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U.S. Department of Homeland Security websites are open doors to hackers, audit finds
The agency tasked with protecting the U.S. government from hackers is vulnerable to hackers.
The Department of Homeland Security—the agency charged with protecting the U.S. government from hackers—can be hacked.
Critical vulnerabilities exist on internal Homeland Security agency websites allowing attackers to gain access to sensitive data from both the U.S. Secret Service (USSS) and U.S. Immigration and Customs Enforcement (ICE) agencies, according to an audit by the department’s Inspector General.
Homeland Security uses private internal websites that allow agents to share information, track cases, and report investigation statistics.
ICE in particular was found to have numerous security problems that opened the agency up to cyberattacks.
ICE’s computer system do not implement a significant portion of Homeland Security’s required security standards, and the agency does not use a vulnerability scanner on its websites, which left the agency unaware of the handful of issues found in a Inspector General’s report published earlier this month.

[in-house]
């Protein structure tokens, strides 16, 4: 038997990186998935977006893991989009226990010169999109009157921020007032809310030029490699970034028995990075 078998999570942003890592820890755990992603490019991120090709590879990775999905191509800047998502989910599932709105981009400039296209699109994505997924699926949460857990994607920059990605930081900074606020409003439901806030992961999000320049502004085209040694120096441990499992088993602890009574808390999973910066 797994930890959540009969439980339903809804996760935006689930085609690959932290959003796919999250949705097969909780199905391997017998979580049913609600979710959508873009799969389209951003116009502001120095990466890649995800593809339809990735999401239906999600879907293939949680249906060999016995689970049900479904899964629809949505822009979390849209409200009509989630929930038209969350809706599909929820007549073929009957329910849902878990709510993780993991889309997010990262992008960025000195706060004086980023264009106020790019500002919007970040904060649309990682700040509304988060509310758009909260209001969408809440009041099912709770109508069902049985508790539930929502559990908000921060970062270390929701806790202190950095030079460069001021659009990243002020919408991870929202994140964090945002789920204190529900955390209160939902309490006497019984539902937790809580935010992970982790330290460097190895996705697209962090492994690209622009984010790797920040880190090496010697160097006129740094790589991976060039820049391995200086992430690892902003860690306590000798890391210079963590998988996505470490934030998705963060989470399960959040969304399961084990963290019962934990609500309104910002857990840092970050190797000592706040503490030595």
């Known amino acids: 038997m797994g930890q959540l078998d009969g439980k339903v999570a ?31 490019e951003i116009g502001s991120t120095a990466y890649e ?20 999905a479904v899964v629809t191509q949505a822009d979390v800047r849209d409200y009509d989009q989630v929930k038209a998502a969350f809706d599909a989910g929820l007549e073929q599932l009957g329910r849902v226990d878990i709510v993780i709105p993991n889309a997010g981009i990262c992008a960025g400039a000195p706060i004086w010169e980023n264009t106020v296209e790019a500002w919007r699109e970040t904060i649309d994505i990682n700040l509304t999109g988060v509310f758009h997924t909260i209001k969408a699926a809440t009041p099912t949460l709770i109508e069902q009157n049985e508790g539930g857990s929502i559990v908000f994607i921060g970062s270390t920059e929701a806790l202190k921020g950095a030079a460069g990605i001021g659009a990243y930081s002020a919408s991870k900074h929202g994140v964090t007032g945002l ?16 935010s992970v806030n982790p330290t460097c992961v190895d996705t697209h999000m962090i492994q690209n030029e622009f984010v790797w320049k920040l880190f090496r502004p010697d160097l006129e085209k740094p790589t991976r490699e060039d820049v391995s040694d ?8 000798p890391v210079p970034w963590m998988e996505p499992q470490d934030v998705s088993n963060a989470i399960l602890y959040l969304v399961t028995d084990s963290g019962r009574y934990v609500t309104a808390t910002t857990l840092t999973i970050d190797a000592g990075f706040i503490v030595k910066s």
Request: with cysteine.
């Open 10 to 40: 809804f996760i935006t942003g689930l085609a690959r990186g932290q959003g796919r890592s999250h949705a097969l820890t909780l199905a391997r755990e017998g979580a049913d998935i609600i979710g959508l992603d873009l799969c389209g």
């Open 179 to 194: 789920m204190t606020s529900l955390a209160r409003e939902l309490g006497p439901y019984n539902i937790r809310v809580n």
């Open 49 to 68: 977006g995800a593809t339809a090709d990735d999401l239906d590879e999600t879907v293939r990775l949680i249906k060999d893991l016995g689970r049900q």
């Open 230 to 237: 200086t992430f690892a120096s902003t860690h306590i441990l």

The Secret Service only recently acquired such a scanner, but, even so, their websites and systems were considerably more secure, according to the audit.
The full list of website vulnerabilities was not made public, but a handful of examples included unprotected files containing sensitive data, SQL injections, cross-frame scripting, and reflected cross-site scripting.
The weaknesses allow attackers to impersonate Homeland Security agents to fool the department’s systems or to impersonate Homeland Security’s systems in order to fool the agents.
“Without remediating the vulnerabilities identified, sensitive cyber mission data may be compromised,” the Inspector General’s report explained.
Given the severity of the vulnerabilities, Homeland Security emphatically agreed with the recommendations of the report. It’ll take nearly three months to fix all the issues, however, with a deadline of Nov. 30, 2015.
The Inspector General’s September 2015 audit was prompted by a January 2015 Senate report that concluded that Homeland Security was “struggling to execute its responsibilities for cybersecurity, and its strategy and programs are unlikely to protect us from the adversaries that pose the greatest cybersecurity threat.”
The OPM attackers weren’t discovered until they were accidentally found out four months later.
Illustration by Max Fleishman
Patrick Howell O'Neill is a notable cybersecurity reporter whose work has focused on the dark net, national security, and law enforcement. A former senior writer at the Daily Dot, O'Neill joined CyberScoop in October 2016. I am a cybersecurity journalist at CyberScoop. I cover the security industry, national security and law enforcement.